Only a few weeks after Casey’s diagnosis, my son was born. I learned that if you have one child with autism, the chances are much greater that you will have another one. Since I couldn’t give back either younger sibling, it wasn’t something I really worried about. When Rob didn’t begin talking when I thought he should, I didn’t think much about it. My middle child talked for him all the time, and even our doctor thought that between his ear infections, his talkative sister, and the fact that he was a boy, there was no reason to worry.
Rob didn’t have the behaviors that Casey did that pointed to autism. He just had little interest in talking and no fears. I never knew where he would climb next. The day we had a new roof put on the house, he climbed the ladder and was sitting on the edge of the shingles. I had turned my back for a few seconds and there he was. Not thinking, I yelled “Get down!”…and he did. He jumped from the roof, landed in the pile of old shingles and rusty nails, did a perfect somersault, and took off running. He didn’t have a mark on him.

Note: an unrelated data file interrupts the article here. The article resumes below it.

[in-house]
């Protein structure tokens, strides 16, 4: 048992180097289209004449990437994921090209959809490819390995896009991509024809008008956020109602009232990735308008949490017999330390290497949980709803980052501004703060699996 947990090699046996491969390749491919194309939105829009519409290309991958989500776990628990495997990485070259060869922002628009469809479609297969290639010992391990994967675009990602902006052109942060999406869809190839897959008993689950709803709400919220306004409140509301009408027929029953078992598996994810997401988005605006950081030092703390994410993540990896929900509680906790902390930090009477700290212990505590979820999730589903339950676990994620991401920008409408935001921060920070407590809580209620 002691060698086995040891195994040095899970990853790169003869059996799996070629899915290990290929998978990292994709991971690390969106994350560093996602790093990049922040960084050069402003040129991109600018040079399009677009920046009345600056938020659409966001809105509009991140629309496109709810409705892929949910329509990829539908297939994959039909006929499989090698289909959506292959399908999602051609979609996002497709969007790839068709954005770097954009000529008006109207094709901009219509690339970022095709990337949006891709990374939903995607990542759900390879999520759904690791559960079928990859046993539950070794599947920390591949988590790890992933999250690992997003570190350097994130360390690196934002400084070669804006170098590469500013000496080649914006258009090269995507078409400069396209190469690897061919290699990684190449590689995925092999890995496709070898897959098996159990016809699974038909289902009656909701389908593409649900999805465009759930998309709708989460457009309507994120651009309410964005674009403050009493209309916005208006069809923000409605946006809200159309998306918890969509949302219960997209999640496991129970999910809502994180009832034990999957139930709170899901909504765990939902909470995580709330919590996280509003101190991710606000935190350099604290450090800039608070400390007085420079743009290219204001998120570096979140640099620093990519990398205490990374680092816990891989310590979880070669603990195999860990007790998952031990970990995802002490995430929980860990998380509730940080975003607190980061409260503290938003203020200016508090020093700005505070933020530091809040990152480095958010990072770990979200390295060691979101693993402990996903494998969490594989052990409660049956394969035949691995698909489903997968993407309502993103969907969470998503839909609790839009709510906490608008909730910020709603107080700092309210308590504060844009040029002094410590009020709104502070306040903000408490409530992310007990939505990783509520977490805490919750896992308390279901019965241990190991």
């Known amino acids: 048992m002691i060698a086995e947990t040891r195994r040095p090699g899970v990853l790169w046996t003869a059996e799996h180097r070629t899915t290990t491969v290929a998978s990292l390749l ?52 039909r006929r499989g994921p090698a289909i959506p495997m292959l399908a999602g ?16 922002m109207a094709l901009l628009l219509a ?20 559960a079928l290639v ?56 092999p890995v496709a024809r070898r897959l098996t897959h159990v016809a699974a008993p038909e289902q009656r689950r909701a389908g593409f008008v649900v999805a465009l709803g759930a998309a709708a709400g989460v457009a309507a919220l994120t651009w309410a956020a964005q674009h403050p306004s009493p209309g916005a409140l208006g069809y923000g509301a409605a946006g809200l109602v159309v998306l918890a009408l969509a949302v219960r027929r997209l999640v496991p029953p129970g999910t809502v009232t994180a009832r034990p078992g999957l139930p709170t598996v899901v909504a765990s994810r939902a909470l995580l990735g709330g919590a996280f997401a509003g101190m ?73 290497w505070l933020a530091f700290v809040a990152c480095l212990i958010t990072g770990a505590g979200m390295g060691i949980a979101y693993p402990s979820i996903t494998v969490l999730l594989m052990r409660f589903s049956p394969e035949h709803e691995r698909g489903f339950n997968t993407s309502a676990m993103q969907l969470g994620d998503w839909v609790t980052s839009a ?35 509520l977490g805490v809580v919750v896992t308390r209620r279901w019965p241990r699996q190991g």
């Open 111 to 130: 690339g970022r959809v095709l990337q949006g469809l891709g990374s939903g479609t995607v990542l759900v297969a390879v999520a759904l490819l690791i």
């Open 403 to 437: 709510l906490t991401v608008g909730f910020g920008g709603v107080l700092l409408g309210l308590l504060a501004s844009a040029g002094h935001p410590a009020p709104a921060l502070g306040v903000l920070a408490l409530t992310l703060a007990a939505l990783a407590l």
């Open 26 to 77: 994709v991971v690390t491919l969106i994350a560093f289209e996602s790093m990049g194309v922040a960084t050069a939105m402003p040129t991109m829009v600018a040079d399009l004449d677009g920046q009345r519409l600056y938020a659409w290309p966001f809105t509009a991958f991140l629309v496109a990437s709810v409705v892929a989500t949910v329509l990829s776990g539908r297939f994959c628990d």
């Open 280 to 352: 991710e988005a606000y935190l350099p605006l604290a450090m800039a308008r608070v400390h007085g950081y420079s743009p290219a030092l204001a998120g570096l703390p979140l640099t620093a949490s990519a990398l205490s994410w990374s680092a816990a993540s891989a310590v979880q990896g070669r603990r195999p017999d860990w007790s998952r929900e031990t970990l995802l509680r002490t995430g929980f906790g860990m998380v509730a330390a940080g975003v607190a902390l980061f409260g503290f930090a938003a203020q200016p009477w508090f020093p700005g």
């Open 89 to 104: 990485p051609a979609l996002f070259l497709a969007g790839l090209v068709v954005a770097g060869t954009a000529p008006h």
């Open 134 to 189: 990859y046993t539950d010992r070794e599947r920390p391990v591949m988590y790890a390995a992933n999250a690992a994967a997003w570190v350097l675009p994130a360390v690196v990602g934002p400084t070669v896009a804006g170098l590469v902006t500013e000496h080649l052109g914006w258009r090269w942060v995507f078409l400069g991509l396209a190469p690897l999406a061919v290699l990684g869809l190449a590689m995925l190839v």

Casey needed structure and lots of it. She needed her routine, and it couldn’t change. When she started preschool, I learned to hate snow days. She couldn’t understand why there wasn’t school, and she screamed the entire day. Nothing I could do would calm her down. Around 3:00 p.m., the time she usually got home, she would stop and follow her usual after-school routine.
I remember a time that we were supposed to get a big snowstorm, so I decided to stop at the grocery store after picking her sister up from preschool. Casey was six at the time, and she hit the floor as soon as we walked in the door of the store. She wanted to be home to watch Barney. I couldn’t get her off the floor and hold my son, so Mandy, who was three, had to hold Rob’s hand (he was about 18 months) and carry my purse so I could get us out of the store. Casey screamed all the way home. I cried the whole way and swore she would never watch Barney again—how I hated that purple dinosaur that day!